If you’re an avid blockchain and bitcoin follower you’ve without a doubt seen news pieces about OpenBazaar, an open source peer to peer (P2P) market that claims to cut out middlemen, competing with sites like Amazon and eBay. Of course OB is run on the premise that buyers and sellers want to exchange pseudo-anonymous bitcoin rather than normal currencies, also cutting out payment providers like PayPal. OB is now open for business! So how does it look?
It reportedly took only a few hours for the first illegal drug-related posts to appear on OB, an ominous but not surprising start to the marketplace. The average person probably relates bitcoin to illegal activity and not much else, so battling the stigma attached to bitcoin is probably not the first priority of OB. Still, the P2P site that offers no middleman and a higher degree of anonymity is bound to be a vehicle used by criminals to accomplish their own less than legal dealings. This would seem to be further validated by OB postings for money laundering attempts using exploited credit cards and PayPal accounts, child pornography, and illegal substances. I was unable to locate any offers for firearms, though!
OB is also not without restrictions. Though the front page literally states “no restrictions”, there are plenty of restrictive attributes to OB. Wait, I mean “limitations” as noted on this page. The client is desktop only, meaning users are forced to download and run OB on their local machine, opening up a range of disastrous security lapses. In order for sellers to offer their wares, they must be online and hosting their selling page. A page is that obfuscated by a huge string of letters and numbers, a far cry from the easily memorable ‘Amazon’ or ‘eBay’. Add to this the opaque way that disputes are resolved, and uncertain inventory management functions and future, and the project seems like it is a very long way from competing with it’s robust, mature competitors.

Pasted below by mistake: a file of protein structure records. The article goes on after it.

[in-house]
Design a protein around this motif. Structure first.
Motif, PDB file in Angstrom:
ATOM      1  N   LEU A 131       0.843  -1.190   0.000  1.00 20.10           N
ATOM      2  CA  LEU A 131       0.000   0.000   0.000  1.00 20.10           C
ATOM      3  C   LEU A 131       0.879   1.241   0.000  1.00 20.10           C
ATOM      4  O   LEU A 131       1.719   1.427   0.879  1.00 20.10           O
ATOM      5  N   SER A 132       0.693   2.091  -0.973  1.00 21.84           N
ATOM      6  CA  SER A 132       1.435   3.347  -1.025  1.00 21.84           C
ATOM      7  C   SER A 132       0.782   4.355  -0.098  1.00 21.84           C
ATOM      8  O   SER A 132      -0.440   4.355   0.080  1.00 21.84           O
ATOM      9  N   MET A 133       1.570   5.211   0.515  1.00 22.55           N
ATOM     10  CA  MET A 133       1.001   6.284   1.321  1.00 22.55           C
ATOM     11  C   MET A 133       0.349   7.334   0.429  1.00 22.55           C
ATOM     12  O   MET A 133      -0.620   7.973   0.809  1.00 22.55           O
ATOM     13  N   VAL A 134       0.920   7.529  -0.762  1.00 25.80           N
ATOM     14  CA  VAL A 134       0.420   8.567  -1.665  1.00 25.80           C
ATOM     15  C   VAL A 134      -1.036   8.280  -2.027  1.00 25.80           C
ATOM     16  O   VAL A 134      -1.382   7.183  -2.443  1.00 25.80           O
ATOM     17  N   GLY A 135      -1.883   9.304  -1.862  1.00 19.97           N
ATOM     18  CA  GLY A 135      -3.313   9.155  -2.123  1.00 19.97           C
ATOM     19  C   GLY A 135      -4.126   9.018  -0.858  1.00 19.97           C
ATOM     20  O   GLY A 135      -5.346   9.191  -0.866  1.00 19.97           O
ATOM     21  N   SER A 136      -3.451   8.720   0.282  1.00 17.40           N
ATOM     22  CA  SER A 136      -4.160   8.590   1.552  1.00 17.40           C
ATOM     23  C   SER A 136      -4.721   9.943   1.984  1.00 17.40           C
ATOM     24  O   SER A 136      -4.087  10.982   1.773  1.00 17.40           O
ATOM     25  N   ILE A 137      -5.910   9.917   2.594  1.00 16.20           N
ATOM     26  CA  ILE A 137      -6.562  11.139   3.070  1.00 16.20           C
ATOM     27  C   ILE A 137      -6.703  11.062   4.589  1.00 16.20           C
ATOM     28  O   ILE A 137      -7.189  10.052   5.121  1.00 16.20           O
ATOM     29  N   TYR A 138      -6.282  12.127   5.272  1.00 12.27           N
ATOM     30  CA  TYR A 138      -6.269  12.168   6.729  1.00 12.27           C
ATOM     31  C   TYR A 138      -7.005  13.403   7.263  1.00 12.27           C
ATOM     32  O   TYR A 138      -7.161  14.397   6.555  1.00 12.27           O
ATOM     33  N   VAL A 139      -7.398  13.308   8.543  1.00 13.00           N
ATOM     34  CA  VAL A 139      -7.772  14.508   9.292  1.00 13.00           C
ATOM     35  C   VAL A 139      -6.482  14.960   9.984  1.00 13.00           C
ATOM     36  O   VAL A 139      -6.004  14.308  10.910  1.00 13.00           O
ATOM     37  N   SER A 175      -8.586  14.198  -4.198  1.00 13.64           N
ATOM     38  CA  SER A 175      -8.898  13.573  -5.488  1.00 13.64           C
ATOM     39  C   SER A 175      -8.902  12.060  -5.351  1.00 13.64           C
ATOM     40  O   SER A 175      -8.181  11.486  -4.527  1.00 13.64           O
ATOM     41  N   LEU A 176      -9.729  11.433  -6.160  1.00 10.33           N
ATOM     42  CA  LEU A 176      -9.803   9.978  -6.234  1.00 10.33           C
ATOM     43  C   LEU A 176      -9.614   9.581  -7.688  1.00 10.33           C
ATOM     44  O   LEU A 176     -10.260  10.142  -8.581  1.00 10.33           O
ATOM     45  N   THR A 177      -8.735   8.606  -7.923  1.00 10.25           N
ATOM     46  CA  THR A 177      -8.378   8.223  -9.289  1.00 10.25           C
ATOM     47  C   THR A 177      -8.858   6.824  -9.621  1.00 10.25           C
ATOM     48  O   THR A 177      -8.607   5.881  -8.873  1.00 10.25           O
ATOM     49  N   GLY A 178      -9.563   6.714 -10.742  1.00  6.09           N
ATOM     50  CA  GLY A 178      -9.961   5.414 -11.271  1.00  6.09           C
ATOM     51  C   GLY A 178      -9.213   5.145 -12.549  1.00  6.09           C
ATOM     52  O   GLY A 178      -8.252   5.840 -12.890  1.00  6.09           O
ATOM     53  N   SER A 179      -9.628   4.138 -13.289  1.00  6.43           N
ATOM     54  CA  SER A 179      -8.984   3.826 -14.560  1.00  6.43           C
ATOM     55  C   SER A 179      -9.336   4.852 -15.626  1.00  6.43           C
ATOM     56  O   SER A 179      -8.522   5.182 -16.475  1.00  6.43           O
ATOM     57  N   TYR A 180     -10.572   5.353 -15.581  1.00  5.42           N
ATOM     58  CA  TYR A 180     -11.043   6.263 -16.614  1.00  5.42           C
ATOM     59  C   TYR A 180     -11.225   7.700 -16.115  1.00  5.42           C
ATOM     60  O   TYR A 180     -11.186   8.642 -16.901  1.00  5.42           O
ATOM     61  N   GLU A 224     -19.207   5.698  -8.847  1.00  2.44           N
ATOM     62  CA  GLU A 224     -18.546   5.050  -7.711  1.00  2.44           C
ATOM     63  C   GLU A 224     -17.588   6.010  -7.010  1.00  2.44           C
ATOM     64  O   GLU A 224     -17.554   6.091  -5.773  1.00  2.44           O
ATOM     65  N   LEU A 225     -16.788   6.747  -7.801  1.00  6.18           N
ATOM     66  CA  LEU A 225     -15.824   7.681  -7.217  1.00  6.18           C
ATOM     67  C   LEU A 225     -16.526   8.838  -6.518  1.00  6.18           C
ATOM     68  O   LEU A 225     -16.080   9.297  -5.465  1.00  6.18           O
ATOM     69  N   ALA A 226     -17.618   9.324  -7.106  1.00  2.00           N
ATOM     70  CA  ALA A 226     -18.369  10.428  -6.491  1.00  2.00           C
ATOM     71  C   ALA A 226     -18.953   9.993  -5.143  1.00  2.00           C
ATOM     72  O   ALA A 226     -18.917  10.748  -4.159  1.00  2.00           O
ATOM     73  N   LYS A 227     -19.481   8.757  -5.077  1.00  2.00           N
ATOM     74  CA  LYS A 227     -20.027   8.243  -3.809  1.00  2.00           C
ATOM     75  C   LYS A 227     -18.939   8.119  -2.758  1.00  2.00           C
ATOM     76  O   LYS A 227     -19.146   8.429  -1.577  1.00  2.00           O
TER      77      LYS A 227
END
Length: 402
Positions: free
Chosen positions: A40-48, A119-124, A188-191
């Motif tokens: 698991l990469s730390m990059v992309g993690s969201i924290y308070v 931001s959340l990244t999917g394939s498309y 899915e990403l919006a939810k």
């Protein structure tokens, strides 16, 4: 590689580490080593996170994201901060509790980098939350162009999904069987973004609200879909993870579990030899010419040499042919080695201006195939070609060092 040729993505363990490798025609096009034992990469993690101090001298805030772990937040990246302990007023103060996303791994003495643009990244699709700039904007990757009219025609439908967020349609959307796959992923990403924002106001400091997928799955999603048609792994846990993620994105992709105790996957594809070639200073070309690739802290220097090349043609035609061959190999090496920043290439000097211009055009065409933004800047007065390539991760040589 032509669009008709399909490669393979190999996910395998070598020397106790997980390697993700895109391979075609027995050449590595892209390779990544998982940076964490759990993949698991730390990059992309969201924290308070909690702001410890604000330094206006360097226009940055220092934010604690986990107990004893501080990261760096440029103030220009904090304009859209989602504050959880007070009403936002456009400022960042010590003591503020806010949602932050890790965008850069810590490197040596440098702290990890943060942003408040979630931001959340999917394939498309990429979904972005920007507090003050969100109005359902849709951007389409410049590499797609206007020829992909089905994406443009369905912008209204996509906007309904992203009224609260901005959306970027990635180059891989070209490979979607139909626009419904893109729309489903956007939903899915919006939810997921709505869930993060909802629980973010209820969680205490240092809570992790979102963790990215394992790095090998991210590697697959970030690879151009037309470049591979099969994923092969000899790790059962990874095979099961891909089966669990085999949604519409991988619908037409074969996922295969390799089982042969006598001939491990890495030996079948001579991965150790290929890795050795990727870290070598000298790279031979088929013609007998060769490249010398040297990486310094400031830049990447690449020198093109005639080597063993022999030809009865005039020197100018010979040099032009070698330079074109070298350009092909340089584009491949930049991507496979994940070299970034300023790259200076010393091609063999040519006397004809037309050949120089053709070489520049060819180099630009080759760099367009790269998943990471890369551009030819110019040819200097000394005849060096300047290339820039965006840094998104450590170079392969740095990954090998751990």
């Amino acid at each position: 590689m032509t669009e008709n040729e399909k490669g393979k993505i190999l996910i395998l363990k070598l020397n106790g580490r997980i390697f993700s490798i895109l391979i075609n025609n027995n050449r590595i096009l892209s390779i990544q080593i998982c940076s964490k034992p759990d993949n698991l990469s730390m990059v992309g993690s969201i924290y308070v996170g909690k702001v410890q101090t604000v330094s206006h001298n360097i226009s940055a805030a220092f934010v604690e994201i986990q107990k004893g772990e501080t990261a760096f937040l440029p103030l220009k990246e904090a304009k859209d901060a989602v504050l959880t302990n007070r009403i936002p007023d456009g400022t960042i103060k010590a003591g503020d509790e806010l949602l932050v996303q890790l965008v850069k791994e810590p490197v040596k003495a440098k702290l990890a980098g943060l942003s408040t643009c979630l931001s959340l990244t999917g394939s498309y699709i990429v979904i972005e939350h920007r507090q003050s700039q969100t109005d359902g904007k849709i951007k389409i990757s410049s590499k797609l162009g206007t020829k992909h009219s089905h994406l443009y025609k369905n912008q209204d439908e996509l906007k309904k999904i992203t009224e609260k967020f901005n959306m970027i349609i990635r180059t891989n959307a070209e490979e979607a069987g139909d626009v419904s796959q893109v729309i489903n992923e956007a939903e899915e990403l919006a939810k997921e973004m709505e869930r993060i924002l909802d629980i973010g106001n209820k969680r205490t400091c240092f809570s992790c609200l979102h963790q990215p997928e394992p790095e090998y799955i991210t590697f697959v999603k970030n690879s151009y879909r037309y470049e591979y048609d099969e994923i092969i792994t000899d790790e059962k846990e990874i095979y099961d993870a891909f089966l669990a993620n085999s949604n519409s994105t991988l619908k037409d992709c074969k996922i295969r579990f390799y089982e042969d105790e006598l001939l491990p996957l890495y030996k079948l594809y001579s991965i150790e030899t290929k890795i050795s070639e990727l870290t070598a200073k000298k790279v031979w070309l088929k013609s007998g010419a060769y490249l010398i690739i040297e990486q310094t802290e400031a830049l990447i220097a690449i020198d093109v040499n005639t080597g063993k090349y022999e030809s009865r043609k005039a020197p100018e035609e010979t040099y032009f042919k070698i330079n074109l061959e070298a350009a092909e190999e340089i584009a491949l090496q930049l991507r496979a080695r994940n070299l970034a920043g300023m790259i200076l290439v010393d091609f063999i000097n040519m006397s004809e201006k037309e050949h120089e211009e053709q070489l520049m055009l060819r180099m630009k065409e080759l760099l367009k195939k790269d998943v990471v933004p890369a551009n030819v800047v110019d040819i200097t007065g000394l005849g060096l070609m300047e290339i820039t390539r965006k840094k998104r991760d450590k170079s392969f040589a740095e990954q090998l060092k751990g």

Even with the current negatives, there exists positive potential for cutting out middlemen and creating value. In theory it makes sense to promote OB, offering savings to consumers while accomplishing the often unstated dual intent of projects like OB, upsetting the status quo and promoting bitcoin, which are nested within the other. The lack of recent volatility in the price of bitcoin means consumers have a more realistic read on the cost of using the alternative currency, especially if the amount of time the process of exchanging dollars to bitcoin to products consumes is reduced. With quality companies like Circle and Coinbase speedily exchanging dollars for bits, and the stated intent of OB, it isn’t impossible to see how consumers could make use of bitcoin for common purchases.
Of course, whether OB will prove to be viable, or simply another failed bitcoin project that didn’t actually solve a problem, but rather met an idealistic version of reality, is yet to be seen. Like any new firm or service, a certain amount of skepticism is due to be heaped OB’s way, and rightfully so. It will be up to a community that is often divided and divisive to rally around a project that has been touted as bitcoin’s “killer app”, to prove the concept is useful and take OB beyond a toy for deepnet denizens and drug dealers. Success is earned, so what will OB and the bitcoin community do to deserve success?